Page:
This is the last Ashes Test north of Nottingham for eight years – with neither Headingley nor Old Trafford on the schedule for the 2027 series – a move England skipper Stokes says he is “devastated”.
But while Headingley has been kind to England, Old Trafford has been anything but. They hadn’t tasted victory in an Ashes Test in Manchester since 1981 – most recently they won at the Gabba.
In seeking to change this unwanted record, they have recalled local boy and all-time record holder James Anderson, but even he has some history to amend. Amazingly, Anderson has never made five Test appearances for Old Trafford and hasn’t been on the winning side in an Ashes Test in eight years.
The hope is that the conditions will be more to Anderson’s liking than the dead tones of Edgbaston and Lord’s that left him powerless.
There should be some pace on the surface, although not as much as Headingley, and a gloomy weather forecast suggests useful overheads. Indeed, it is the threat of Manchester rain that adds a crucial variable and the prospect of more drama.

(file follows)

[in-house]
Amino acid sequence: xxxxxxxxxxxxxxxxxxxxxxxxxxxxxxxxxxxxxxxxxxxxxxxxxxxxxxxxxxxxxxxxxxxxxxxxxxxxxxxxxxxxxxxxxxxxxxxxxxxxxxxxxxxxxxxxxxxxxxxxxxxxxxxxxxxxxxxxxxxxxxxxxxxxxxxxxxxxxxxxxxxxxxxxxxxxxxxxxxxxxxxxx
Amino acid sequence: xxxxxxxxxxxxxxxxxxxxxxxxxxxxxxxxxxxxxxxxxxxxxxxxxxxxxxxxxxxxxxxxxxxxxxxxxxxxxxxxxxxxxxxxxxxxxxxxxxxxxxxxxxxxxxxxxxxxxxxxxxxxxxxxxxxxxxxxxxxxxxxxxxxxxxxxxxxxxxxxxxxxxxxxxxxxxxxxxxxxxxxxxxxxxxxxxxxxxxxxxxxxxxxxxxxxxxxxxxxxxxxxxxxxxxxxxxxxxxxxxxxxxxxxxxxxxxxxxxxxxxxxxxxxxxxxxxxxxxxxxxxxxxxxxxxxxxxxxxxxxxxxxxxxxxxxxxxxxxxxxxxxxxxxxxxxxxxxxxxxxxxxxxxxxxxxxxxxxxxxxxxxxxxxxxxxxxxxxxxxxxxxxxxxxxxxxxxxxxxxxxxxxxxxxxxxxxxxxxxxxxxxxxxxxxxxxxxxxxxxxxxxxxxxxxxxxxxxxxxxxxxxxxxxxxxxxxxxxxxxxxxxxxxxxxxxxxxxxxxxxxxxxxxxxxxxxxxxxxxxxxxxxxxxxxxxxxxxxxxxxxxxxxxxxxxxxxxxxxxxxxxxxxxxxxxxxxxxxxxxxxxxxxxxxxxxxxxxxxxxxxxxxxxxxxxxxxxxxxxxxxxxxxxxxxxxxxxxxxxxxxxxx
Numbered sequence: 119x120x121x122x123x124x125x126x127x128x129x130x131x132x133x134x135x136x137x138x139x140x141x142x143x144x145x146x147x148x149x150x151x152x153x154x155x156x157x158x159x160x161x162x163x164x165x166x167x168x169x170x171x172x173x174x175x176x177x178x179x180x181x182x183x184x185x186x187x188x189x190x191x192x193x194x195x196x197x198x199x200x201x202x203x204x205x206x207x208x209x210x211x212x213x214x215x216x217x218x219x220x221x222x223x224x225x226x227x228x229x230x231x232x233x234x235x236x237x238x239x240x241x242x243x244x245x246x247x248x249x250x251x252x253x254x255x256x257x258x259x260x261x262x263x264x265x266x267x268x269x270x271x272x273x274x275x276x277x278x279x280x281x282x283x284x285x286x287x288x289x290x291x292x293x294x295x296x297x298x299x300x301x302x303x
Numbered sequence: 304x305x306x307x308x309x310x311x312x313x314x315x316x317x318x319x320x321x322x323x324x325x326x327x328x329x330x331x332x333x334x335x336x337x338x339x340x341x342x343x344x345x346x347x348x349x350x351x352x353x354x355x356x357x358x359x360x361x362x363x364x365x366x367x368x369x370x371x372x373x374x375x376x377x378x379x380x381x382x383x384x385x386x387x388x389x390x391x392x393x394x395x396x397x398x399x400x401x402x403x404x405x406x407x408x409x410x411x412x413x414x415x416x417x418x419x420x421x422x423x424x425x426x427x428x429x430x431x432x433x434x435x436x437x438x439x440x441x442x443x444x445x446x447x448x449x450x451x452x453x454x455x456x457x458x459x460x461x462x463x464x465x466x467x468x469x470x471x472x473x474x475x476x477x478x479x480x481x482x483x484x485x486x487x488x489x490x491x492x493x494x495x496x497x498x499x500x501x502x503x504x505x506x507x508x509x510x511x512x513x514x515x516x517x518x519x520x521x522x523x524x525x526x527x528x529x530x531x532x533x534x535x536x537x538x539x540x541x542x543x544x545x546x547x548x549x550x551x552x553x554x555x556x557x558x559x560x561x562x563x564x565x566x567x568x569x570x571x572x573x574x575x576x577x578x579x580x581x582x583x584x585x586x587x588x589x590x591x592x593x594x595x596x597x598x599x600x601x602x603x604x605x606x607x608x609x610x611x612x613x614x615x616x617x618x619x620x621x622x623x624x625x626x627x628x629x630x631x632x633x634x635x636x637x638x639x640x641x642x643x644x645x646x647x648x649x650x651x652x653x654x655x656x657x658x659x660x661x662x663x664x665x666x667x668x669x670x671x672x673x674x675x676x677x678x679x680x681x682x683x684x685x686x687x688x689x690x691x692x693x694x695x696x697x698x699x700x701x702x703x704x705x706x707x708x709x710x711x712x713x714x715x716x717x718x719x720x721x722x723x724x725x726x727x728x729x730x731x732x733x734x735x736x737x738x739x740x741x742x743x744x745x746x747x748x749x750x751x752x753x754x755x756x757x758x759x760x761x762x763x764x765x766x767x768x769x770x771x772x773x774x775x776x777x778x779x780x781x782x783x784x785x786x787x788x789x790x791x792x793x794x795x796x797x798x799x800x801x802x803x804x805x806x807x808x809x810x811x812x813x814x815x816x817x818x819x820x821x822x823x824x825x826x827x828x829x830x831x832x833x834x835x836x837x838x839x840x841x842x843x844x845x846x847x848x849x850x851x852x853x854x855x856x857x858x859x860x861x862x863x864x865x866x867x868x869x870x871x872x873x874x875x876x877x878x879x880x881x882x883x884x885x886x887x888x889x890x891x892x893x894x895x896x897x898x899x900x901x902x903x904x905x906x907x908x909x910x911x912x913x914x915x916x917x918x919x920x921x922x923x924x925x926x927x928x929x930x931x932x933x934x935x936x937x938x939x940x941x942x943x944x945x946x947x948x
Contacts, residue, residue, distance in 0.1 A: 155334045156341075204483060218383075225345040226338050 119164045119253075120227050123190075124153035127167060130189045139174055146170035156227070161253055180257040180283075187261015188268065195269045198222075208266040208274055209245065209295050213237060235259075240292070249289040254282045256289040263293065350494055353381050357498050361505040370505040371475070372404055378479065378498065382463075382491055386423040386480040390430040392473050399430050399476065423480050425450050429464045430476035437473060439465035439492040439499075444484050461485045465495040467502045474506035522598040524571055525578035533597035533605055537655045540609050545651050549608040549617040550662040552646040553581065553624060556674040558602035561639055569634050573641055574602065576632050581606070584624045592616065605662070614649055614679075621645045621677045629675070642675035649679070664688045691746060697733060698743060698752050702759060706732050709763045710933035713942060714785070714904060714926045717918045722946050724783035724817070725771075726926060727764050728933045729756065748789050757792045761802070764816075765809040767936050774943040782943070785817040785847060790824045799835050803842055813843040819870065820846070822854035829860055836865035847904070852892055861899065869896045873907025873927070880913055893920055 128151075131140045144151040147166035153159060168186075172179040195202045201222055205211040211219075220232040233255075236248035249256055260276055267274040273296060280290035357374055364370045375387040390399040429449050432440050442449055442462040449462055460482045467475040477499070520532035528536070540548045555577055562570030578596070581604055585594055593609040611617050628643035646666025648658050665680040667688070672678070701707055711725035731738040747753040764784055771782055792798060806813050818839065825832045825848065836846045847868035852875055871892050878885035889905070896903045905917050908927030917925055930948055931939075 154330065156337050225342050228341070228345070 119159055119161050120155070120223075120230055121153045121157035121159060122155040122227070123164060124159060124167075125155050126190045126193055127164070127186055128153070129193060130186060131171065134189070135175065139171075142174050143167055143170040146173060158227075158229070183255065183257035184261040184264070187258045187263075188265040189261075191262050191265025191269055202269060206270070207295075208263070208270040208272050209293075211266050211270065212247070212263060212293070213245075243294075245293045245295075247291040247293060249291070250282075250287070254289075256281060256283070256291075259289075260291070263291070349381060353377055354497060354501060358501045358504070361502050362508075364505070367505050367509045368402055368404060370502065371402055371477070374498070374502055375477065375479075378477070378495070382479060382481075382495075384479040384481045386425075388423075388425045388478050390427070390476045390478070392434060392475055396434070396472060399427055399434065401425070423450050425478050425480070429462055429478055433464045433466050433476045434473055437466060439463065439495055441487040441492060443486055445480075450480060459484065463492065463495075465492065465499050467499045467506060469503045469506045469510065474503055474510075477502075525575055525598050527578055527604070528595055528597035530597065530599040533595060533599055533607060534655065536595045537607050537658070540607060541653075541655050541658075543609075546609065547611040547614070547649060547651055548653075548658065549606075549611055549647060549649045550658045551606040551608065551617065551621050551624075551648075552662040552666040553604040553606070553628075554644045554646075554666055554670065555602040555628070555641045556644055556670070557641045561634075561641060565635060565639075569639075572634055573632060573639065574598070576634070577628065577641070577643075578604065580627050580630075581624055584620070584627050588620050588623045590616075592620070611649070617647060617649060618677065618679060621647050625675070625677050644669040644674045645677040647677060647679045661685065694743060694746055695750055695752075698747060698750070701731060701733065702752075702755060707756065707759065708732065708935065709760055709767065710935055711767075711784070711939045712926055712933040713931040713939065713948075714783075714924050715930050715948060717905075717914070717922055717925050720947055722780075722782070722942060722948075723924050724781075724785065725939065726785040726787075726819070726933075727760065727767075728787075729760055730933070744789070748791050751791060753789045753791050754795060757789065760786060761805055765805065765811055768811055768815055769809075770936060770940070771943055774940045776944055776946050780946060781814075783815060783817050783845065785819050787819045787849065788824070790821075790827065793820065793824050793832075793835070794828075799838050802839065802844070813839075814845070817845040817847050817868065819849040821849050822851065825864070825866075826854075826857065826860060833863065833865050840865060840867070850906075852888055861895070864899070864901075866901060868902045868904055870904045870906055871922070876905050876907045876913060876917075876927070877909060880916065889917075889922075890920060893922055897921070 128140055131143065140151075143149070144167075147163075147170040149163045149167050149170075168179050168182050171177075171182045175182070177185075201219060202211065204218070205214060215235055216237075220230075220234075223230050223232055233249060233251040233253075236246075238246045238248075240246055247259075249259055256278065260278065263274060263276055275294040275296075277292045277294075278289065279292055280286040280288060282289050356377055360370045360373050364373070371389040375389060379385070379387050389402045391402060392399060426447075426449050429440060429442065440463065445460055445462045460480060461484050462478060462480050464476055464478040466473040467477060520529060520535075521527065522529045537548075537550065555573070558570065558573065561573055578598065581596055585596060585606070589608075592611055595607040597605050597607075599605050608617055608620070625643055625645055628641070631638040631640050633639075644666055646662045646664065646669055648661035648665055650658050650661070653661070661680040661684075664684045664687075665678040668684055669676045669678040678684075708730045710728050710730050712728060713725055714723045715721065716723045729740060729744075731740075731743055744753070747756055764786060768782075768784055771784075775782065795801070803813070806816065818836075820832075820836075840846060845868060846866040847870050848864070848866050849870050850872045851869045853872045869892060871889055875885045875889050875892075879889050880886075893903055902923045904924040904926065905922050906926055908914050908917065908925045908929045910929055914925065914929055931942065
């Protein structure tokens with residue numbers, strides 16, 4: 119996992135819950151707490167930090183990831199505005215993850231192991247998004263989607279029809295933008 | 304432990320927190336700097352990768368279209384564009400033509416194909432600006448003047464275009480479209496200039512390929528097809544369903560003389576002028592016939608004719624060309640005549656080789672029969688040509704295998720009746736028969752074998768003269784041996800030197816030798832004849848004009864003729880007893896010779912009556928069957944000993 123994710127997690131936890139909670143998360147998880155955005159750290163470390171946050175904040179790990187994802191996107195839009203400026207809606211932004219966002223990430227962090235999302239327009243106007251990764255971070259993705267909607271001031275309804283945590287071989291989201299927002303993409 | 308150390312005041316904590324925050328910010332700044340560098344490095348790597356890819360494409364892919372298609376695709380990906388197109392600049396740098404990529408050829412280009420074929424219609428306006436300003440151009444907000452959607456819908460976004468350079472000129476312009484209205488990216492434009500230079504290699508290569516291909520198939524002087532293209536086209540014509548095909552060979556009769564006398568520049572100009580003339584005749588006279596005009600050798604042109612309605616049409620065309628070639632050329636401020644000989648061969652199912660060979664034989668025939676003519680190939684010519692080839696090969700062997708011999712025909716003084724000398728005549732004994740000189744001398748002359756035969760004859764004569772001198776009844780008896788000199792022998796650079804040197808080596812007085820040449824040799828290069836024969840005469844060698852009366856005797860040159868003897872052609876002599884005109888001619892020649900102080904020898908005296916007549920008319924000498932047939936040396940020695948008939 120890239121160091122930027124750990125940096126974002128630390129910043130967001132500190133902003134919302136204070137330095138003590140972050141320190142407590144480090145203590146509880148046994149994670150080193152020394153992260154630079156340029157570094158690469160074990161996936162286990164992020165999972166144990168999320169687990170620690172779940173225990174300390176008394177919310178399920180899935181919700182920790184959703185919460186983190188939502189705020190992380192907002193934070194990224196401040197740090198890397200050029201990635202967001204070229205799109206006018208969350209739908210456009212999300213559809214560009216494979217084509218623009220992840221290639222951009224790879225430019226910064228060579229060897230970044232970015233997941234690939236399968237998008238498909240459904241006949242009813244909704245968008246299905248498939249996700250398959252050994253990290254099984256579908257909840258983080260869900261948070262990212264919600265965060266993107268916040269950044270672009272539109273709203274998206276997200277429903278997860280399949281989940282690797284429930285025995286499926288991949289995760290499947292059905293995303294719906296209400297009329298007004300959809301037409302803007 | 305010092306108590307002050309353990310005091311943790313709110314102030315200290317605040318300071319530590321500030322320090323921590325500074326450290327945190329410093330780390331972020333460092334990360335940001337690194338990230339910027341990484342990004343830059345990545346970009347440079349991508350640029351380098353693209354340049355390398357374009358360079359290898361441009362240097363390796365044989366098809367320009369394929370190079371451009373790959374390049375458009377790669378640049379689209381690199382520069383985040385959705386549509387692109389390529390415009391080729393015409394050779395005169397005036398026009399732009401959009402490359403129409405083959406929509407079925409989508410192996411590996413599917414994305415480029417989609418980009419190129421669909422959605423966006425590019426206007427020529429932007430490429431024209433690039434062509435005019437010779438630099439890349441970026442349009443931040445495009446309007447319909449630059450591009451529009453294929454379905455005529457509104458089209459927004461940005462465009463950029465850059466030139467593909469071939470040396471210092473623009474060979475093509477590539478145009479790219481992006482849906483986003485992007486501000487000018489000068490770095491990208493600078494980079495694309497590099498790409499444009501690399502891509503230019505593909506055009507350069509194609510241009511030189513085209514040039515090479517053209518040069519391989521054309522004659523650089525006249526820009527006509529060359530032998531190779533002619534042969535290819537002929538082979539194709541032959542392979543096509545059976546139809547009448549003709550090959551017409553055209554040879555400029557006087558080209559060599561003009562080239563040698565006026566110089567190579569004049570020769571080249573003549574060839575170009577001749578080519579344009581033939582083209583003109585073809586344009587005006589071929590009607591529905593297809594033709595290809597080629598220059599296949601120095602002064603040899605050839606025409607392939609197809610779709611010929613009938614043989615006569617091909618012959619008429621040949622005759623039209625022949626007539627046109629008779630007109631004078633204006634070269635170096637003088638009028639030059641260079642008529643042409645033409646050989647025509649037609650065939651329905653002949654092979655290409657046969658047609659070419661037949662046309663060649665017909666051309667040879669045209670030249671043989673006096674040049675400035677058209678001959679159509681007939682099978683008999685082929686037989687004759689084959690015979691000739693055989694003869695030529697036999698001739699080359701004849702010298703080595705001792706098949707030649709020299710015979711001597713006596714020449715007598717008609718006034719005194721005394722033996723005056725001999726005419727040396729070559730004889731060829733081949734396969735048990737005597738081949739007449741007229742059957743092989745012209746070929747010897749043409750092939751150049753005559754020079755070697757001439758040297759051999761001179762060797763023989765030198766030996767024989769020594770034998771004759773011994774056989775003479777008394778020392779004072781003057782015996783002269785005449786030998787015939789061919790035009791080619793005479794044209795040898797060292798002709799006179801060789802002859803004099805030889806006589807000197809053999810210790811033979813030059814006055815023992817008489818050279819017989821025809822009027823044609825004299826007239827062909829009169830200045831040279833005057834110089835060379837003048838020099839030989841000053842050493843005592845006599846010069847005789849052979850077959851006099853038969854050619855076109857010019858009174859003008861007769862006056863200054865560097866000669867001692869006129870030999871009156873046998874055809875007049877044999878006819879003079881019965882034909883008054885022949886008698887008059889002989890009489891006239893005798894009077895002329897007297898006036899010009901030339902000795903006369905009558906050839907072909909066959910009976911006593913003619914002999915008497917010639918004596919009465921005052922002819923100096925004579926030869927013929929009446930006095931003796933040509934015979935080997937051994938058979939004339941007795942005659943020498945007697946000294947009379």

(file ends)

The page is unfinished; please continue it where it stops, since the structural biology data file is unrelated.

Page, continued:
Stokes, without a funky idea, has suggested that a match shortened by time could play into England’s hands, his theory being that they are at their best when they dictate the pace of a game.
Last summer, it is true that against a far inferior South African side, England won the final Test at the Oval in just over two days after one day was ruled out and another called off at the death of the queen
“There could be some different tactical decisions to make,” Stokes said. “If there’s potentially even 100 overs lost in the game, maybe we should look at pressing the game faster than we normally would.”
While England seem to accept the rain, Australia seem to be on a roll which has resulted in the omission of top-line spinner Todd Murphy.
Murphy, in the Headingley side for the injured Nathan Lyon, bowled just two overs in England’s second innings and is dropped for Cameron Green, another all-rounder.
Had Lyon been fit there would have been no doubt about his place, but as captain Pat Cummins tried to explain the debate over Murphy’s place, he said he was “not comparing apples to apples”.
Cummins was sitting right next to the Old Trafford honors board which, if looked at, would have revealed that nine of the last 14 five-Tests at Old Trafford have been taken by spinners. Not since 2012 has Australia played a Test without a specialist spinner.